Jaime on Criterion: Frances Ha Review



Frances Ha (2012)

Cast: Greta GerwigMickey SumnerAdam Driver
Director: Noah Baumbach
Country: USA
Genre: Comedy | Drama
Official Website: Here

Editor’s Notes: The following review marks the start of Jaime’s bi-weekly Criterion review series where he will explore the depths of the Criterion Collection.

New York, present time(ish) is my next stop for my journey through the Criterion catalog. I decided I wanted something immensely upbeat this time, and just like the run time of my newest title Frances Ha (85 minutes), my visit was brief, but rewarding. The newest film from writer/director Noah Baumbach (The Squid and the Whale, Greenburg) tells the story of Frances, an aspiring dancer who is simply trying to make it in New York City. She has a best friend that she lives with and suddenly dumps her for a location in Tribeca, so now she needs to find a new place to stay. The dance company tells her that they can’t pay her and she might not even be needed anymore. Basically the entire film is a love letter to someone who’s ever tried to make it in the Big Apple. Sans the dreams, but maybe missing the spunk that Frances has.

The most immediate aspect about Frances Ha is how much it wants to be nostalgic, maybe even timeless. 


The most immediate aspect about Frances Ha is how much it wants to be nostalgic, maybe even timeless. Shooting in black & white in 2012 and in HD might come across as nothing more than a clever wink to the audience at best, but Baumbach said previously that he wanted that said nostalgic look, so to bring that out with a simple editing filter job wasn’t going to cut it. Immediate praise goes to indie cinematographer Sam Levy (Wendy and Lucy). He and Baumbach work together so well to bring about the dirt and grime and the timeless factor, and it also acts as sort of a neutral agent in Frances’ world. The visual look and a feel aren’t the same as a story, unless it can fuse with the script as such. While I’m sure this would have been just fine being released in color, having the black & white aspect be a comforter to the screenplay was a really good idea.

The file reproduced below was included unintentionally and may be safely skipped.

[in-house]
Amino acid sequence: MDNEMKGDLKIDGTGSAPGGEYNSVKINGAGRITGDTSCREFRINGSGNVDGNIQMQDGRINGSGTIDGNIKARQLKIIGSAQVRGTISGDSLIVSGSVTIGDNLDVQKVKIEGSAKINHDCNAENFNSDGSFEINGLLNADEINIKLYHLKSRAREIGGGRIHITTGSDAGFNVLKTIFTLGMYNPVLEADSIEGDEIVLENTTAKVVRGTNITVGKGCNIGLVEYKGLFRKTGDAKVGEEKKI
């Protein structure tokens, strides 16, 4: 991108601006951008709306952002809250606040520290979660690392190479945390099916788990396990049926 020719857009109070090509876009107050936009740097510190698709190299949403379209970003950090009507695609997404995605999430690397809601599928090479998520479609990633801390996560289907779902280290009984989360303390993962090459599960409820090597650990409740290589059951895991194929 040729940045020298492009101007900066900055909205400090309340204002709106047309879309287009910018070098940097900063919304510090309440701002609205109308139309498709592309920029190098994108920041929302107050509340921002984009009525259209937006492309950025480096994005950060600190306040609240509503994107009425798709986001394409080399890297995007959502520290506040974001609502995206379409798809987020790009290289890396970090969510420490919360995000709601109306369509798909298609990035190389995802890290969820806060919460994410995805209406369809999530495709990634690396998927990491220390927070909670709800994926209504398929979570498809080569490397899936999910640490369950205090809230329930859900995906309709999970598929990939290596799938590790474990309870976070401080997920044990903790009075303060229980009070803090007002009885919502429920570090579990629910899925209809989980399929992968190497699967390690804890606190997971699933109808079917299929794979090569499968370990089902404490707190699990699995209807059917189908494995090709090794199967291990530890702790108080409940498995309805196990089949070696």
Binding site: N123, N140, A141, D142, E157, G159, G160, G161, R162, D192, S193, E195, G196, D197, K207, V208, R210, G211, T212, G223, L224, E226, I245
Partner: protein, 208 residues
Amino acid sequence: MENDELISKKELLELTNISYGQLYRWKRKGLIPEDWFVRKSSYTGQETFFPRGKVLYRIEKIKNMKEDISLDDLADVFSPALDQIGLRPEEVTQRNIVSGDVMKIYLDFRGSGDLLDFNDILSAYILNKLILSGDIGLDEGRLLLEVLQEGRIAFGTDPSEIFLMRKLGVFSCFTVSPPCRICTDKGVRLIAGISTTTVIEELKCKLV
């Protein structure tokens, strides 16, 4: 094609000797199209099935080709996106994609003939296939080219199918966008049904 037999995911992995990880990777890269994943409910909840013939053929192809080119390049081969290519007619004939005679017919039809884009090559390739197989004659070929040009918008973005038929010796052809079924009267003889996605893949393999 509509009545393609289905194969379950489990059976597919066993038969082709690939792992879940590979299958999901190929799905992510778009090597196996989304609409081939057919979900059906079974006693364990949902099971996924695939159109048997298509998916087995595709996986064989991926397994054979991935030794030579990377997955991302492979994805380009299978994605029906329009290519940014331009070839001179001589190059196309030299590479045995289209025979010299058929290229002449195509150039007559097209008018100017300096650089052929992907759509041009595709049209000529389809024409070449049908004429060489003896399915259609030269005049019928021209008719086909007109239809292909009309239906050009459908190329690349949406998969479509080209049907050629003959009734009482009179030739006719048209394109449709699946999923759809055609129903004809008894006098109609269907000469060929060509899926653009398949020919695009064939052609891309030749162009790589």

And speaking of the story, it was an immediate interest to me that Baumbach had Gerwig co-write the screenplay. It’s a natural decision since she’s playing the title character, and Gerwig has certainly proved her writing chops (Nights and Weekends), but still, the idea of them combining to give her what could potentially be her juiciest role yet had me on a certain edge (in a good sense). And honestly, I was not disappointed. The messes the Frances puts herself through, and the messes that waltz themselves into her life, are achingly close to what someone normal can go through. In fact, if this were made by lesser filmmakers, this could have easily been an account of someone trying to make it in New York. I personally didn’t need to watch that (having already been through that myself), and the moviegoer should be treated to something more than something normal with this kind of ride. And this, my friends, is where Frances Ha truly stands out.

The messes the Frances puts herself through, and the messes that waltz themselves into her life, are achingly close to what someone normal can go through.

My hopes of Gerwig shining through were met entirely, and beyond. She gives a performance that goes above and beyond in every since, and with her talents in front and behind the camera, the character mold she and Baumbach create provides the jolt to make this metaphorical life road trip worthy of your attention as it did mine. Frances starts off as this level goofball, but as life keeps dumping on her, she tries to adapt. A lot of those times, those moves to survive are not the smartest, and she even knows that immediately after it happened. There’s a key scene where she’s at a dinner party with a bunch of people she barely knows, and in the aftermath of the party, where everyone’s in the living room relaxing, she lets down her barrier more than usual, and lets it flow. It’s a fantastic scene, and while it may not be the turning point, it stuck with me. It’s the moment that made me realize that Frances isn’t just the average someone trying to make it. It stuck with me, and from that point forward everything she goes through is harder to swallow than before (and that’s saying something, considering a sequence where she visits her family is downright brilliant).


The movie’s pure goal is the trials and tribulations of Frances (she’s literally in every scene of the film), and while that’s all it wants to do, it does it beautifully. Frances Ha is a suitable Criterion pic.

  • 8.1

About Author

My head's been consumed the art of movies & its creation ever since I was old enough to know what the word 'consumed' meant. The only way to reduce the pressure buildup is to write, edit, and direct. Chocolate milk also helps.

  • Jacqueline Valencia

    So glad you liked Frances Ha.